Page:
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integrators, but several GPACs could be connected together to solve larger problems. Later, largescale GPACs might have up to 500 ampliﬁers and compute with 0.01%– 0.1% precision [p. 233 in 87]. Besides integrators, typical GPACs provided adders, subtracters, multipliers, ﬁxed function generators (e. g., logarithms, exponentials, trigonometric functions), and variable function generators (for userdeﬁned functions) [Chaps. 1.3, 2.4 in 87]. A GPAC was programmed by connecting these components together, often by means of a patch panel. In addition, parameters could be entered by adjusting potentiometers (attenuators), and arbitrary functions could be entered in the form of graphs [pp. 172–81, 2154–156 in 87]. Output devices plotted data continuously or displayed it numerically [pp. 31–30 in 87]. The most basic way of using a GPAC was in singleshot mode [pp. 168–170 in 89]. First, parameters and initial values were entered into the potentiometers. Next, putting a master switch in “reset” mode controlled relays to apply the initial values to the integrators. Turning the switch to “operate” or “compute” mode allowed the computation to take place (i. e., the integrators to integrate). Finally, placing the switch in “hold” mode stopped the computation and stabilized the values, allowing them to be read from the computer (e. g., on voltmeters). Although singleshot operation was also called “slow operation” (in comparison to “repetitive operation”, discussed next), it was in practice quite fast. Because all of the devices computed in parallel and at electronic speeds, analog computers usually solved problems in realtime but often much faster (Truitt and Rogers [pp. 130–32 in 87], Small [p. 72 in 82]). One common application of GPACs was to explore the eﬀect of one or more parameters on the behavior of a system. To facilitate this exploration of the parameter space, some GPACs provided a repetitive operation mode, which worked as follows (Weyrick [p. 170 in 89], Small [p. 72 in 82]). An electronic clock switched the computer between reset and compute modes at an adjustable rate (e. g., 10–1000 cycles per second) [p. 280, n. 1 in 2]. In eﬀect the simulation was rerun at the clock rate, but if any parameters were adjusted, the simulation results would vary along with them. Therefore, within a few seconds, an entire family of related simulations could be run. More importantly, the operator could acquire an intuitive understanding of the system’s dependence on its parameters. The Eclipse of Analog Computing A common view is that electronic analog computers were a primitive predecessor of the digital computer, and that their use was just a historical episode, or even a digression, in the inevitable triumph of digital technology. It is supposed that the cur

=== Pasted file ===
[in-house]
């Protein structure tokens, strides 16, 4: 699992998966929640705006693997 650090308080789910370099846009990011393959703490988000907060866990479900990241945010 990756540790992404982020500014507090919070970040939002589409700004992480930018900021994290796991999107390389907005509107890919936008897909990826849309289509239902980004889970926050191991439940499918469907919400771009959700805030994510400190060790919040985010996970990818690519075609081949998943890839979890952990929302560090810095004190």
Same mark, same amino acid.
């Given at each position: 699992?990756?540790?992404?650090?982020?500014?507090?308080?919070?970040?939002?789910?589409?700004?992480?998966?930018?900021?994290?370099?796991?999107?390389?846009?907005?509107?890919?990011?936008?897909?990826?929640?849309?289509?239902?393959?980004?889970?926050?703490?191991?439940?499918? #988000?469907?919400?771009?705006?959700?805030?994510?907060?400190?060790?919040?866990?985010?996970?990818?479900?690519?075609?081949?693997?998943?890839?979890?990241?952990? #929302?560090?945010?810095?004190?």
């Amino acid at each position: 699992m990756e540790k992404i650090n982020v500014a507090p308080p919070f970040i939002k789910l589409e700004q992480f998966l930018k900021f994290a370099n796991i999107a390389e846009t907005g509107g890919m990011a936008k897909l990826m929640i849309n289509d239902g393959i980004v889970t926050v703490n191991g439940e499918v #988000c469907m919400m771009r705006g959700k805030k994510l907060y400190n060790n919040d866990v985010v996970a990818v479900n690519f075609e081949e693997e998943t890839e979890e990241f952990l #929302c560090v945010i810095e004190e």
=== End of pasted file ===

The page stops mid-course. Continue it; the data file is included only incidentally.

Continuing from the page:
rent digital hegemony is a simple matter of technological superiority. However, the history is much more complicated, and involves a number of social, economic, historical, pedagogical, and also technical factors, which are outside the scope of this article (see Small [81] and Small [82], especially Chap. 8, for more information). In any case, beginning after World War II and continuing for twentyﬁve years, there was lively debate about the relative merits of analog and digital computation. Speed was an oftcited advantage of analog computers [Chap. 8 in 82]. While early digital computers were much faster than mechanical diﬀerential analyzers, they were slower (often by several orders of magnitude) than electronic analog computers. Furthermore, although digital computers could perform individual arithmetic operations rapidly, complete problems were solved sequentially, one operation at a time, whereas analog computers operated in parallel. Thus it was argued that increasingly large problems required more time to solve on a digital computer, whereas on an analog computer they might require more hardware but not more time. Even as digital computing speed was improved, analog computing retained its advantage for several decades, but this advantage eroded steadily. Another important issue was the comparative precision of digital and analog computation [Chap. 8 in 82]. Analog computers typically computed with three or four digits of precision, and it was very expensive to do much better, due to the diﬃculty of manufacturing the parts and other factors. In contrast, digital computers could perform arithmetic operations with many digits of precision, and the hardware cost was approximately proportional to the number of digits. Against this, analog computing advocates argued that many problems did not require such high precision, because the measurements were known to only a few signiﬁcant ﬁgures and the mathematical models were approximations. Further, they distinguished between precision and accuracy, which refers to the conformity of the computation to physical reality, and they argued that digital computation was often less accurate than analog, due to numerical limitations (e. g., truncation, cumulative error in numerical integration). Nevertheless, some important applications, such as the calculation of missile trajectories, required greater precision, and for these, digital computation had the advantage. Indeed, to some extent precision was viewed as inherently desirable, even in applications where it was unimportant, and it was easily mistaken for accuracy. (See Sect. “Precision” for more on precision and accuracy.) There was even a social factor involved, in that the written programs, precision, and exactness of digital com